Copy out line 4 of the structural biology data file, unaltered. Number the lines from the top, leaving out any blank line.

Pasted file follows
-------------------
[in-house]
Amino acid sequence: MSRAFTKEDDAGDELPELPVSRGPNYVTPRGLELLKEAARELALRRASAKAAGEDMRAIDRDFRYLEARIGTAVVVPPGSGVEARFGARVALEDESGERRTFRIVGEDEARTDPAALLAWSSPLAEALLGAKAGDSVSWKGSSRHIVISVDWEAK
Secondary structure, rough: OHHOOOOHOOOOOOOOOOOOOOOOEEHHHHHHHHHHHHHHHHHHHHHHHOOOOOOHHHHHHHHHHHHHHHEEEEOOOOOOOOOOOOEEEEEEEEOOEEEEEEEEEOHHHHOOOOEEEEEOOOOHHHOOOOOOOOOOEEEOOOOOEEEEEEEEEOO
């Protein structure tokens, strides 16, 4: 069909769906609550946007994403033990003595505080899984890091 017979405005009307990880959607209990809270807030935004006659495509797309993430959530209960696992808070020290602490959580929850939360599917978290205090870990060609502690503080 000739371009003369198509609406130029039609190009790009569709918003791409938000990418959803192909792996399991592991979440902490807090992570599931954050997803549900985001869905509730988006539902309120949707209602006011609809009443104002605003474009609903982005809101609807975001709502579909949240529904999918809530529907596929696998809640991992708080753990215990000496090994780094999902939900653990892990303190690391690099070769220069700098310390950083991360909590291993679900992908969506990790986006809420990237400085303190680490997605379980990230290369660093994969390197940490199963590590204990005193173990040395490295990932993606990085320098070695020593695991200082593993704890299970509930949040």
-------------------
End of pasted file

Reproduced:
């Protein structure tokens, strides 16, 4: 069909769906609550946007994403033990003595505080899984890091 017979405005009307990880959607209990809270807030935004006659495509797309993430959530209960696992808070020290602490959580929850939360599917978290205090870990060609502690503080 000739371009003369198509609406130029039609190009790009569709918003791409938000990418959803192909792996399991592991979440902490807090992570599931954050997803549900985001869905509730988006539902309120949707209602006011609809009443104002605003474009609903982005809101609807975001709502579909949240529904999918809530529907596929696998809640991992708080753990215990000496090994780094999902939900653990892990303190690391690099070769220069700098310390950083991360909590291993679900992908969506990790986006809420990237400085303190680490997605379980990230290369660093994969390197940490199963590590204990005193173990040395490295990932993606990085320098070695020593695991200082593993704890299970509930949040």